On July 19th 1799, a French soldier discovered a black slab inscribed with ancient writing in the town of Rosetta, Egypt, during Napoleon Bonaparte’s Egyptian campaign. Marked with Ancient Egyptian Hieroglyphs, Egyptian Demotic Glyphs (the native Egyptian script at the time of Alexander the Great’s reign), and Ancient Greek Characters, the etchings on the stone are, essentially, the same decree written in three languages. This had massive implications for ancient historians, academics, and scholars, as ancient Egyptian had theretofore been a lost language – symbols devoid of any meaning that a contemporary person could understand. It opened up an entire world of academic study and drove massive scientific advancements in the archaeological field. Since then, the Rosetta Stone has been a symbol of translation and understanding.
Unlike Egyptologists, archaeologists studying the Ancient Indus Valley civilization haven’t had as much luck. For them, the mysteries of the glyphs of Harappa and Mohenjo Daro remain elusive. There is no concrete linguistic tie between those glyphs and the languages currently spoken in Northwestern India and Eastern Pakistan. The known presence of these glyphs, without a clear path to deciphering them, has bedeviled academics and historians for nearly 100 years.
There are parallels in the limitations that both academic researchers and businesspeople face. That struggle that both bankers and archaeologists can empathize with is the need to understand, and to be understood. All of the information in the world is useless, and in a sense lost, if there is no one around who understands what it means. And so, as it relates to achieving desired outcomes in their respective fields, both scholars and businesspeople place a great level of importance on having the tools they need to acquire that level of understanding.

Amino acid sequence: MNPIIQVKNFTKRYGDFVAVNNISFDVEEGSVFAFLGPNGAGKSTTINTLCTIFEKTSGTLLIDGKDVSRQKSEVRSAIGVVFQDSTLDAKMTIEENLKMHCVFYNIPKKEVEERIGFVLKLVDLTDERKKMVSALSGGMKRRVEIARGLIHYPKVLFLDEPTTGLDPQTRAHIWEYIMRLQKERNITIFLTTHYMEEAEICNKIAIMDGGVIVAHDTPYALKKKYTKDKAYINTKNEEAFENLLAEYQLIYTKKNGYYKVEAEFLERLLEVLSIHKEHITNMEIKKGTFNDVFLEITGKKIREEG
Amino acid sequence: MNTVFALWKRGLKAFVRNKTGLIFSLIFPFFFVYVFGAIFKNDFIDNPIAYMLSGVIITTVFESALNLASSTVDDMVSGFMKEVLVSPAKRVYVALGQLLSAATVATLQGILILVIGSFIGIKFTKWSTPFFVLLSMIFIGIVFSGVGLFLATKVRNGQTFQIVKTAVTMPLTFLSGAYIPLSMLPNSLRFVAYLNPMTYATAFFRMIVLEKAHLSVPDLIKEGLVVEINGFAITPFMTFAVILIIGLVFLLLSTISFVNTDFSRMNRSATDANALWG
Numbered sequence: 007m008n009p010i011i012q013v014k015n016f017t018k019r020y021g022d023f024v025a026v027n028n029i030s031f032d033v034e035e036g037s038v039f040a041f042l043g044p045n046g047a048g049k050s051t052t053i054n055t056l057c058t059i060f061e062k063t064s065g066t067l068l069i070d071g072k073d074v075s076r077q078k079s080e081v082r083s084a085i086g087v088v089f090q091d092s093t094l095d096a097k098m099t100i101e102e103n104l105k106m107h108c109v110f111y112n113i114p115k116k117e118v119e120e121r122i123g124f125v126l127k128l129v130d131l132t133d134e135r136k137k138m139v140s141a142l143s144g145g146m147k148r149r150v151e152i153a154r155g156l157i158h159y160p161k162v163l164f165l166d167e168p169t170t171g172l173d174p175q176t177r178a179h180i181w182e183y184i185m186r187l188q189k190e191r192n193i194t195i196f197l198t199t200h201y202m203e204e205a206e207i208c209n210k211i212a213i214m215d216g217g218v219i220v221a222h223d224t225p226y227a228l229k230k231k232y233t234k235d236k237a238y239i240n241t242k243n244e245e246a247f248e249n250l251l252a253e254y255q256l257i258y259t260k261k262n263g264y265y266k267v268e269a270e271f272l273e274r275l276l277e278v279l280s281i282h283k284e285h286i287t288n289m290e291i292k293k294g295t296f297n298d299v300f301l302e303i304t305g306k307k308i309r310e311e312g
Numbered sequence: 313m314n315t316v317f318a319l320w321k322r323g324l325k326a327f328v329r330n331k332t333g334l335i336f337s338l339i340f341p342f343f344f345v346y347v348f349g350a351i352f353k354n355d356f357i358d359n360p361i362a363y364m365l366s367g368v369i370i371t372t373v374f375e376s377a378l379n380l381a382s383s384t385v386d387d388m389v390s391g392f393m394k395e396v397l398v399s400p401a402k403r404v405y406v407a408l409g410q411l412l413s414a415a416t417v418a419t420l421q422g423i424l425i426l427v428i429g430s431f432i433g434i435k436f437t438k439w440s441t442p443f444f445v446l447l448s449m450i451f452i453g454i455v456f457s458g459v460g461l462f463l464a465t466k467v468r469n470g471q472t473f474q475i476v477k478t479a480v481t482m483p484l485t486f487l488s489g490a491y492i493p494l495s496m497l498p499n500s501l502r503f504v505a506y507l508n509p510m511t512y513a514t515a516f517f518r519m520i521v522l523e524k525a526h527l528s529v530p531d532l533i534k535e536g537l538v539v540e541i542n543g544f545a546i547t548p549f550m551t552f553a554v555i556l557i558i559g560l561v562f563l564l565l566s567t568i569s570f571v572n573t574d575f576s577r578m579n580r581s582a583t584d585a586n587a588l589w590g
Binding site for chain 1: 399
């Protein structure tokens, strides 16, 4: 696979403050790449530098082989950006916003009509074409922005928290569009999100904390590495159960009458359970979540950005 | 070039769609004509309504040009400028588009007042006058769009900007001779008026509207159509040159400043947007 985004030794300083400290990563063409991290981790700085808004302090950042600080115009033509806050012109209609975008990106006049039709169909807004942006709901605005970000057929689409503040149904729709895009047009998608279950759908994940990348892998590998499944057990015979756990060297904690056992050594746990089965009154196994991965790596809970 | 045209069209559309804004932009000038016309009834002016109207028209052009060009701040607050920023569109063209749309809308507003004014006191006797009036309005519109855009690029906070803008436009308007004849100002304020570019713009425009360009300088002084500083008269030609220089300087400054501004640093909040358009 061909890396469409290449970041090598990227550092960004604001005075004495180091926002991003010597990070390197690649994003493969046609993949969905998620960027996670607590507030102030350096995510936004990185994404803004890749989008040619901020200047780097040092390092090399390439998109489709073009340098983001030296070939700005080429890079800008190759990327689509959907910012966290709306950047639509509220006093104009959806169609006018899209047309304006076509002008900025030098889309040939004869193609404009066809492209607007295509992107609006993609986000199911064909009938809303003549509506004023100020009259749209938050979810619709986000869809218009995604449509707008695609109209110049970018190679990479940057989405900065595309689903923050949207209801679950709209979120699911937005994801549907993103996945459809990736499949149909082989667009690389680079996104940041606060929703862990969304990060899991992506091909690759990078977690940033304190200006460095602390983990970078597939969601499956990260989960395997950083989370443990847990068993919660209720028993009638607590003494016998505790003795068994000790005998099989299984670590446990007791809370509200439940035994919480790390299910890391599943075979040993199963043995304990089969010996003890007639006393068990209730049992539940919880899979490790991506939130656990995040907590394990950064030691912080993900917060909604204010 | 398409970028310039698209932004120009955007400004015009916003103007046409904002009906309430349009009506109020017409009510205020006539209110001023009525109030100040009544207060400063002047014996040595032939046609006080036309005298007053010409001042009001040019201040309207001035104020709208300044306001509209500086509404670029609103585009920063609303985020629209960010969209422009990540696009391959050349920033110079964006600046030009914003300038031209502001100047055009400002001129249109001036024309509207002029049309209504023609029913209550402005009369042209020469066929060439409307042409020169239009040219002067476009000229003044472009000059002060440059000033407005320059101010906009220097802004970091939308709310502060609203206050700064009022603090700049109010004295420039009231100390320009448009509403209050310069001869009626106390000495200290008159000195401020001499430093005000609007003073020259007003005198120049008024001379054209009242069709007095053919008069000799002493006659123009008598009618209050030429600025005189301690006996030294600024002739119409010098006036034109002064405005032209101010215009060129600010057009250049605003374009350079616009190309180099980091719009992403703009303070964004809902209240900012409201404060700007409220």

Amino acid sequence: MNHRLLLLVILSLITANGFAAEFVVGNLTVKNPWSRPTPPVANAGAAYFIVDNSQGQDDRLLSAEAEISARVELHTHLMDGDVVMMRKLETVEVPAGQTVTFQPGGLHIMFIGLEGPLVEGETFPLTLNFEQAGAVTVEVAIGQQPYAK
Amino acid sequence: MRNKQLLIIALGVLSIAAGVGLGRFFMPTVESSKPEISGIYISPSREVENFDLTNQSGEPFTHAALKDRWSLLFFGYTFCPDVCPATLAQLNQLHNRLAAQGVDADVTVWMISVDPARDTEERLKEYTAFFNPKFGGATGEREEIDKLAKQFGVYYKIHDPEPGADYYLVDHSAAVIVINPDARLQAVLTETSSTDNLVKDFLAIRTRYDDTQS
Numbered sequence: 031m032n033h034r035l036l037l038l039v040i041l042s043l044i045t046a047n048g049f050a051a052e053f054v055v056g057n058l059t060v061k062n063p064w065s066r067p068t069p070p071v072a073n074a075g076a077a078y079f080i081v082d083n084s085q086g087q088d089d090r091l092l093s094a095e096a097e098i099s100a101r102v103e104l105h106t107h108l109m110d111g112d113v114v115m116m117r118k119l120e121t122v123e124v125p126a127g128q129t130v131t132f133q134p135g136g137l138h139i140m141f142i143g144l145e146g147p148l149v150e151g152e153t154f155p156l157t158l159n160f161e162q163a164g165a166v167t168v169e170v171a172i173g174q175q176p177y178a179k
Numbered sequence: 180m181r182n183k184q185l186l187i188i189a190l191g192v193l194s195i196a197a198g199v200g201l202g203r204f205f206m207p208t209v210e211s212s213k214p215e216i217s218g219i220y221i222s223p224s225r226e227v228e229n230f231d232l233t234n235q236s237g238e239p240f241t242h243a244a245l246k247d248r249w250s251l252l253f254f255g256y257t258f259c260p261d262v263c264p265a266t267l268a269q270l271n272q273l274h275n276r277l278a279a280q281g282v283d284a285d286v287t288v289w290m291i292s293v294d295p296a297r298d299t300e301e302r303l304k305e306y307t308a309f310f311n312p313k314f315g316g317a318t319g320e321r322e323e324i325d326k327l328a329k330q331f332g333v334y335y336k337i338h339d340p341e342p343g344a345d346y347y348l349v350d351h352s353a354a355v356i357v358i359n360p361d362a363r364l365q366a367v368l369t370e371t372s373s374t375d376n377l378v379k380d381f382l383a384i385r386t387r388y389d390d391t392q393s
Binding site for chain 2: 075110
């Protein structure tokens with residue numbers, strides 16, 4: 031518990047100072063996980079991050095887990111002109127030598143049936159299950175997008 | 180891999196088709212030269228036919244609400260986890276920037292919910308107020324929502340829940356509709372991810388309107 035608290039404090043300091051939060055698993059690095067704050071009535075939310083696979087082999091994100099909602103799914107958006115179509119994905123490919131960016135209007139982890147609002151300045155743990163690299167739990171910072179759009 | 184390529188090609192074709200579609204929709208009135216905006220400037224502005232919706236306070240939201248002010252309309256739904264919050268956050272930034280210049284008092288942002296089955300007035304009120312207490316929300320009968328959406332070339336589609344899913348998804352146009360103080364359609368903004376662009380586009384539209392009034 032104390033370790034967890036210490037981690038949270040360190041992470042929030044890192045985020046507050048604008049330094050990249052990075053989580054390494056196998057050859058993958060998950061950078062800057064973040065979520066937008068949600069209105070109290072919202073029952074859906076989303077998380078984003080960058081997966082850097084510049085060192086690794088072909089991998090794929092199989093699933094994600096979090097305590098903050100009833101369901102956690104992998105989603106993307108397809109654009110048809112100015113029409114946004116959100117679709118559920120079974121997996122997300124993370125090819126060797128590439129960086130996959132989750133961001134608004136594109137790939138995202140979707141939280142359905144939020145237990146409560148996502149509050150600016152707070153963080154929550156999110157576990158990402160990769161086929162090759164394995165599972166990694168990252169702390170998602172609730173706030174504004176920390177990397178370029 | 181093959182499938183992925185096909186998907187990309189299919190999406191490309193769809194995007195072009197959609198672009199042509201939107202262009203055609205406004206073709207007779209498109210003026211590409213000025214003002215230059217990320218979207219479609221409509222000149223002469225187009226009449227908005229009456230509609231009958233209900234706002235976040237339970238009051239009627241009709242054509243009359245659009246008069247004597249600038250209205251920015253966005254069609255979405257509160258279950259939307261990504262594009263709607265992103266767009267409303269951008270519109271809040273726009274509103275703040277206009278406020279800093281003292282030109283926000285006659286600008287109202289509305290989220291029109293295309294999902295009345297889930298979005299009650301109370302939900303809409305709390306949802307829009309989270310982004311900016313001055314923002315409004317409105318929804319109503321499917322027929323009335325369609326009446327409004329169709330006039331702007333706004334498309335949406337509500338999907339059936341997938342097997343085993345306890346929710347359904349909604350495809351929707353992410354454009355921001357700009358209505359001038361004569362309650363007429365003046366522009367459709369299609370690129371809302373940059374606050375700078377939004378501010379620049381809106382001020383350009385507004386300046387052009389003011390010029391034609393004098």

It goes without saying that every business functioning in the 21st century (whether B2B or B2C) faces the demands of the 21st century. Paramount among those demands are efficiency, accuracy, excellence in customer service, and a net positive return on investment. Modern business banking customers want these things. Merchant service customers want these things. Whether or not they end up choosing to go to banks for these services depends entirely on the level of service those banks can provide.
Banks, businesses and customers can only provide relationships of value to one another when they make mutual understanding a priority. Sometimes, when multiple third parties and disparate systems are involved, things can get lost in translation. This makes it all the more important that devices be in place that cut down on complexity & increase understanding of complicated business processes. Without systems of translation, banks & businesses lose out developing valuable relationships & reciprocal understanding with one another. If there’s a lesson to be learned from our archaeological parallel, it’s this: find your business’s version of the Rosetta Stone, or be lost without it.
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